Leash training: how I stopped the lagging Corgi syndrome

My dog, like many on this list, was not a leash-puller from in front but from behind.  I was very inspired by this video:

dog leash video  

My puppy had become extremely leash resistant, it was a struggle getting him to the corner.   Putting treats down as the woman in the video does helped a lot to break that dynamic.  I also took a hint from a training book and combined it with the video: I MADE HIM WORK FOR DINNER.  I put him on the leash and hid food around the house.  Then we would go out and discover the food.  The first time I let him eat the food as we found it.

The next time I started working on more discipline: in particular I would keep him on a tight leash and WALK PAST one pile that he clearly saw to get to another.  Then we would just walk around the house in zig zag patterns, often going by two or three food spots to get to another.  These exercises transformed his leash attitude immensely.  In fact he became a leash puller in about 60 seconds the first time.  (I worked on stopping that too, but the video is focused on that)  Later I moved the technique outside...

Outside, I kept giving him treats as we walked.  I found the bending over that the woman does in the video difficult and tiring (I would have to do it every few steps at first).  ==>Eventually I just took the food bowl outside with food in it at dinner time and we would start the walk.  Every now and then I would put the bowl down. HE COULDN'T EAT DINNER WITHOUT GOING ON A WALK.<==  

Every time I rewarded with food I double clicked with my tongue and gave lots of pets and praise so that food/praise/clicks all became positive associations.  

Now when I mostly click and praise.  We have a command STOP which I use to make him stop and also is time for hugs and pets.  The command to get moving is LETS GO.  Most of the time he will start moving and then I reward with a click.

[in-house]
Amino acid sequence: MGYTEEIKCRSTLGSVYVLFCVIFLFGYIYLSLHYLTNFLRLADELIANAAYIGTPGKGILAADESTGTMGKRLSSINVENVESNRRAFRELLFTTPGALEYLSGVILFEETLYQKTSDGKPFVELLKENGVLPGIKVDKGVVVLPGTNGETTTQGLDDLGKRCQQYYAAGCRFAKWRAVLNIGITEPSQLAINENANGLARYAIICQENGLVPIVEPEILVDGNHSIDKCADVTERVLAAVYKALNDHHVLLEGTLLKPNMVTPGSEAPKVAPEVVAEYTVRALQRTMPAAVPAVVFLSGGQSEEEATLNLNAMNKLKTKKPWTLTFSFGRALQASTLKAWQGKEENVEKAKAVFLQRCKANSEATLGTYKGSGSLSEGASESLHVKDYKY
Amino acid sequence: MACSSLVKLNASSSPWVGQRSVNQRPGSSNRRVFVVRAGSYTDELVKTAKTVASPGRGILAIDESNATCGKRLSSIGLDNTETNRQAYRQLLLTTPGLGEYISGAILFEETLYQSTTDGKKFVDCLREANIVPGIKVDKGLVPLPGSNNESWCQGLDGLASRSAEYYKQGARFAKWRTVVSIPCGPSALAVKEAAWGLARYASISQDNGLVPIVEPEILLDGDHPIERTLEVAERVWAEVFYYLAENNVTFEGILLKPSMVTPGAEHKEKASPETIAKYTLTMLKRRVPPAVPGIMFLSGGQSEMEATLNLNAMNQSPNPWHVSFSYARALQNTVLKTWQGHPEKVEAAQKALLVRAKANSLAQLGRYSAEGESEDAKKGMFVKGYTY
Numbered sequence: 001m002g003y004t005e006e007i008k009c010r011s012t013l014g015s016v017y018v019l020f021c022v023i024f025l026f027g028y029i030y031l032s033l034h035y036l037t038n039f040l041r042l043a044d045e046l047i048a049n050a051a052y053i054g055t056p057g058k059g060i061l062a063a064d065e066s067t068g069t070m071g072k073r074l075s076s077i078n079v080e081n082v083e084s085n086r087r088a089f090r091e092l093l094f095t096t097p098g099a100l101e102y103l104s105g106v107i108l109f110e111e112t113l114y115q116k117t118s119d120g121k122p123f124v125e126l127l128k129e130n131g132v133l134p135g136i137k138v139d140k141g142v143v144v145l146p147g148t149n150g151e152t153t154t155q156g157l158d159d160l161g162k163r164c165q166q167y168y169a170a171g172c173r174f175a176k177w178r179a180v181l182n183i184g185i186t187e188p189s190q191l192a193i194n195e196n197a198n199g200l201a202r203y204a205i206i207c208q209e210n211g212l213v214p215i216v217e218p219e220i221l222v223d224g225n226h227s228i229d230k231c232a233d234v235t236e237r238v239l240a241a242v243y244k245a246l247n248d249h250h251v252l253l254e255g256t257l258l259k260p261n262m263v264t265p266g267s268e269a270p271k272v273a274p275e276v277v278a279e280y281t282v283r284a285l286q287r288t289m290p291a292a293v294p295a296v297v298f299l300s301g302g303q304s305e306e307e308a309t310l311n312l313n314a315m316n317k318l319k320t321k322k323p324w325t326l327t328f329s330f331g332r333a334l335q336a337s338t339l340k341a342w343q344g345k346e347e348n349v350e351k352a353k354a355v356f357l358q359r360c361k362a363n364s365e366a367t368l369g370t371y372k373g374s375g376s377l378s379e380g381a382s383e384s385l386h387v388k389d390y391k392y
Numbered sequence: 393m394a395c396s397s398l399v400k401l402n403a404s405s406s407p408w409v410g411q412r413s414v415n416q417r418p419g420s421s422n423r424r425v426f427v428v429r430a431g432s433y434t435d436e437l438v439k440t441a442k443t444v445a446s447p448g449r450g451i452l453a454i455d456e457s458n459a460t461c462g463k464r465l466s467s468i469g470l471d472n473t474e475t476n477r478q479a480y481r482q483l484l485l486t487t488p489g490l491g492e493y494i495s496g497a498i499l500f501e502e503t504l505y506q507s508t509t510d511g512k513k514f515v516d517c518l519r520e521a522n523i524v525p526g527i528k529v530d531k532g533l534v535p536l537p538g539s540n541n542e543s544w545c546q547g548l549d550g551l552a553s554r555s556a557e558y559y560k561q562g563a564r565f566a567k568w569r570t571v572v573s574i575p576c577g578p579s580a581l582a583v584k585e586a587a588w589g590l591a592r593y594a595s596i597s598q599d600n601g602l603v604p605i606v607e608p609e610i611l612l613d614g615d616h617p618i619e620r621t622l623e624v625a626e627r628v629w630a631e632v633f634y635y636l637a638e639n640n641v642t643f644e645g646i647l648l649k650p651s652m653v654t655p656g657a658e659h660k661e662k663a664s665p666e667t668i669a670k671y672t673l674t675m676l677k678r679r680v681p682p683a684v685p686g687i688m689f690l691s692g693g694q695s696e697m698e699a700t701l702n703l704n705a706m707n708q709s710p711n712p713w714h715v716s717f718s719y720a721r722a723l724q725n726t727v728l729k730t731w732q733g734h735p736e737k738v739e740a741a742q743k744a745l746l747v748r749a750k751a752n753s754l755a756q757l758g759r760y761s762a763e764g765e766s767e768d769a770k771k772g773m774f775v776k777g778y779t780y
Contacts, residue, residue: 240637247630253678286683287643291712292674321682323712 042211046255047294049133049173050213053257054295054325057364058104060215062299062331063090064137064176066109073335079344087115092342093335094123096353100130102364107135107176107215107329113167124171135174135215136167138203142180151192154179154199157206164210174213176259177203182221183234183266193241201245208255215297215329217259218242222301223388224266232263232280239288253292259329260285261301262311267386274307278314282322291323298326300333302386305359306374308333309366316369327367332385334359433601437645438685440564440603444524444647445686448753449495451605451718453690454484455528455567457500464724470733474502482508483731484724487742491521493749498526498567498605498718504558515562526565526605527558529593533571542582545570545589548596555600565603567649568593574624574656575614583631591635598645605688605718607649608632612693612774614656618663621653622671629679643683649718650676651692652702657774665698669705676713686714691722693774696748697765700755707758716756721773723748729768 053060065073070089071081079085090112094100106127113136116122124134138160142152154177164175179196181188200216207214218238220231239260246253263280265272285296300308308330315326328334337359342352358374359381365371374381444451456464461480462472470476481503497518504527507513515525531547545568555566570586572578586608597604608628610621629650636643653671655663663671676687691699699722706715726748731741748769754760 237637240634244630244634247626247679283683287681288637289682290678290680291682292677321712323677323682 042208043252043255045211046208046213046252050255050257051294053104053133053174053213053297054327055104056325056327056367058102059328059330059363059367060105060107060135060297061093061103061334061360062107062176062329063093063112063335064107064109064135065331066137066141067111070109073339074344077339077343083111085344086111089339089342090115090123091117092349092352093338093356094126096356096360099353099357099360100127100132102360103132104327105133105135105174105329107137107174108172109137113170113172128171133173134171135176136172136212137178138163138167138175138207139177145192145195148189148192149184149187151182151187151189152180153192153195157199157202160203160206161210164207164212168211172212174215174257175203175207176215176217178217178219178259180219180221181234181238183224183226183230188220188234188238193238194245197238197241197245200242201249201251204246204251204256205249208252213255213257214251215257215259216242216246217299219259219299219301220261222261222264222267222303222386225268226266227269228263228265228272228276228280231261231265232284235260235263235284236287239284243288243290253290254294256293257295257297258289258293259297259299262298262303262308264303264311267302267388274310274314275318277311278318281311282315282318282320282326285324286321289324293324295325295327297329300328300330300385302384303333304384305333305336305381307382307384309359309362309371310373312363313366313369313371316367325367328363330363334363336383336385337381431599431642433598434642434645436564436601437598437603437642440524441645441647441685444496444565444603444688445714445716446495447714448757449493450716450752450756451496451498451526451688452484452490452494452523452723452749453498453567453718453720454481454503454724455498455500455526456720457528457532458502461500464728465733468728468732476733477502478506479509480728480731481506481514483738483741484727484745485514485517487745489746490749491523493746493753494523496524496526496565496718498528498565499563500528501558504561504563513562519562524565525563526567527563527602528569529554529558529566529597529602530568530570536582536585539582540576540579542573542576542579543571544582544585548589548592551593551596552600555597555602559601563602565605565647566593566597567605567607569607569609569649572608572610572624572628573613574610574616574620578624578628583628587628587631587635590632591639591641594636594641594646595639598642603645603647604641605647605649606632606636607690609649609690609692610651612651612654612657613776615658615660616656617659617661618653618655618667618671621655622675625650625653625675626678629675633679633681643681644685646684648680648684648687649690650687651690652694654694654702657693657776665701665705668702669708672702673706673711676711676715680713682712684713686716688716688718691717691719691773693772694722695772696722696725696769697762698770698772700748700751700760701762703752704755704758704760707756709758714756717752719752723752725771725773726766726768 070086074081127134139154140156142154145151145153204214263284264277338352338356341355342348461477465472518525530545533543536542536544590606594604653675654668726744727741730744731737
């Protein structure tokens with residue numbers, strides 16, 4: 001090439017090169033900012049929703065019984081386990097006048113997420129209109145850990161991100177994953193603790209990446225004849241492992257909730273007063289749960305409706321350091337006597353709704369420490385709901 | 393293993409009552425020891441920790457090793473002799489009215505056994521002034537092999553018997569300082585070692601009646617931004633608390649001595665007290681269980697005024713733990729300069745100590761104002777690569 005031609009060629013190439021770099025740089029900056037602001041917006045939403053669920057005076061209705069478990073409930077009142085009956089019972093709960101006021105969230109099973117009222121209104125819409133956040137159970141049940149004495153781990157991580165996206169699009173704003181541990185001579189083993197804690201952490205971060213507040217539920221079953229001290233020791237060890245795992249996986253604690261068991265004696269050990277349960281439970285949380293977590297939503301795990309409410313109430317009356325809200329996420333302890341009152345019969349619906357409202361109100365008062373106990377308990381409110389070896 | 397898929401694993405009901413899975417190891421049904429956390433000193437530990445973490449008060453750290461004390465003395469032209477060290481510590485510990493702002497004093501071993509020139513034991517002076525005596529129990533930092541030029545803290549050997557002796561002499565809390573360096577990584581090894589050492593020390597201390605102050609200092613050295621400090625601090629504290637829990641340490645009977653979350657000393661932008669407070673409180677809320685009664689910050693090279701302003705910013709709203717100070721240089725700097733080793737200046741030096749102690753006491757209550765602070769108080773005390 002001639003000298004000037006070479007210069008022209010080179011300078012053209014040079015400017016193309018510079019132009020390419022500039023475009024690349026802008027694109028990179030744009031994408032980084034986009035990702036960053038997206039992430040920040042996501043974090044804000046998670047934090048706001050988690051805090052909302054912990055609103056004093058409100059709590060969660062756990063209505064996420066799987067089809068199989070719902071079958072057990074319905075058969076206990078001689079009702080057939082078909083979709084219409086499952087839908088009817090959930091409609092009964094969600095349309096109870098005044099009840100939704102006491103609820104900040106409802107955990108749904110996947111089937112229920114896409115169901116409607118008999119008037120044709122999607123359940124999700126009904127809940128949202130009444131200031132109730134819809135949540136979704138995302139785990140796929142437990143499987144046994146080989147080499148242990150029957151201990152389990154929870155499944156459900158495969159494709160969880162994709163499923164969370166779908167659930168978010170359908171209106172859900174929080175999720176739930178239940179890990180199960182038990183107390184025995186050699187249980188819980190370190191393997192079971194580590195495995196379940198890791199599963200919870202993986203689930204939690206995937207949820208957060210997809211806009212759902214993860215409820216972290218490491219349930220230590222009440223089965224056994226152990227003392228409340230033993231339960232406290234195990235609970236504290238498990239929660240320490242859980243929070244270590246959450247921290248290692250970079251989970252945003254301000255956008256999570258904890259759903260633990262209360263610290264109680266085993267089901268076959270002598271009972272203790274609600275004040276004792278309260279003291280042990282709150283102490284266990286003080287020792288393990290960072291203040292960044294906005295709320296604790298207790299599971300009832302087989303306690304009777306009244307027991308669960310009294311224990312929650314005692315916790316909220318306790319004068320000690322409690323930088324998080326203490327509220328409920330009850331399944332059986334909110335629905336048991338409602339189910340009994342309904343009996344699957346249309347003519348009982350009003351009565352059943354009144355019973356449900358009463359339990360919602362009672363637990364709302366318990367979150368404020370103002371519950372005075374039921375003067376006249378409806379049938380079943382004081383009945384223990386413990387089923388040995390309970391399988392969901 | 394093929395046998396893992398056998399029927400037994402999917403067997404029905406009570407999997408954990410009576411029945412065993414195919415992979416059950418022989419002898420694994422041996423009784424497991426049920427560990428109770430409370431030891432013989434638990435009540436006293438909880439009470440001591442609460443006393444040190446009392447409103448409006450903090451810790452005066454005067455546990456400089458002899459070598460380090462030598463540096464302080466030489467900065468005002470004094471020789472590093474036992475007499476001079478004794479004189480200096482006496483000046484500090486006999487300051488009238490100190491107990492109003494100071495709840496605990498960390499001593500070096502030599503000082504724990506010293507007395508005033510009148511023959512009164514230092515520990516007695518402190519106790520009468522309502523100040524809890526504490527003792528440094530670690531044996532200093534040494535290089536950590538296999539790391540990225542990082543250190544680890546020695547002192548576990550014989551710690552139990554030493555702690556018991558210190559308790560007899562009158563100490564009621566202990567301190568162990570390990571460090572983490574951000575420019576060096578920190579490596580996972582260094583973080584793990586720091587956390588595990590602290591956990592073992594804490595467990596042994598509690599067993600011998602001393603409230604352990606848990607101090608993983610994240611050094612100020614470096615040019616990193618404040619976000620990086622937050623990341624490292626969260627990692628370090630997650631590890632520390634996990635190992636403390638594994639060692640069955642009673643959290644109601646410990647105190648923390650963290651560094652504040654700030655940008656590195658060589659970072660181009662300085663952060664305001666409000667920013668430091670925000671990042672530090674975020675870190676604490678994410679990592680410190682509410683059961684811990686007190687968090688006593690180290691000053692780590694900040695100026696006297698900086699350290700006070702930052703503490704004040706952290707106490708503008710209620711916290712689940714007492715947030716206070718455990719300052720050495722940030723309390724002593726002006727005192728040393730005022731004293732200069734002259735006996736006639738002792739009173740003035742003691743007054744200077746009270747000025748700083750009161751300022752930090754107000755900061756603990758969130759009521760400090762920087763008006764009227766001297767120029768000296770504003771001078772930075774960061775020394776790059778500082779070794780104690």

I sometimes have to give a "NO" correction (tug on leash) when he starts to get too far back but I am also learning that he gets tired and that is *part* of the reason he lags, but this mysteriously vanishes when we get close to home.    

For leash control you need "fine control" (in small areas) as well as overall control (walking down a street) so these past few days we have been practicing walking in circles around trees, stop signs, etc., sometimes counter clockwise, sometimes clockwise.  With the dog on the outside of the circle it is most difficult because he has to trot a bit faster to keep up.  

Anyhow I can't say for sure that I have the leash problem licked but it is 85 to 90% licked and I notice that he behaves better on a leash than most of the dogs I meet while walking in the neighborhood.  There is a heavily trafficked high speed four lane highway with concrete sidewalks not far from me and I am now including that in a portion of our walks, so that he isn't freaked out by the loud noises and so that he learns that *his place is with me no matter where I am*.

In particular, one area that is hard is I cant tell when he is slowing down for a potty stop--for which he gets lavish praise--and when he is being ornery.  This might come with time.  

I'm planning on walking him at a popular strip mall where there are lots of pedestrians so he can get used to the lots-of-people scene.

GN

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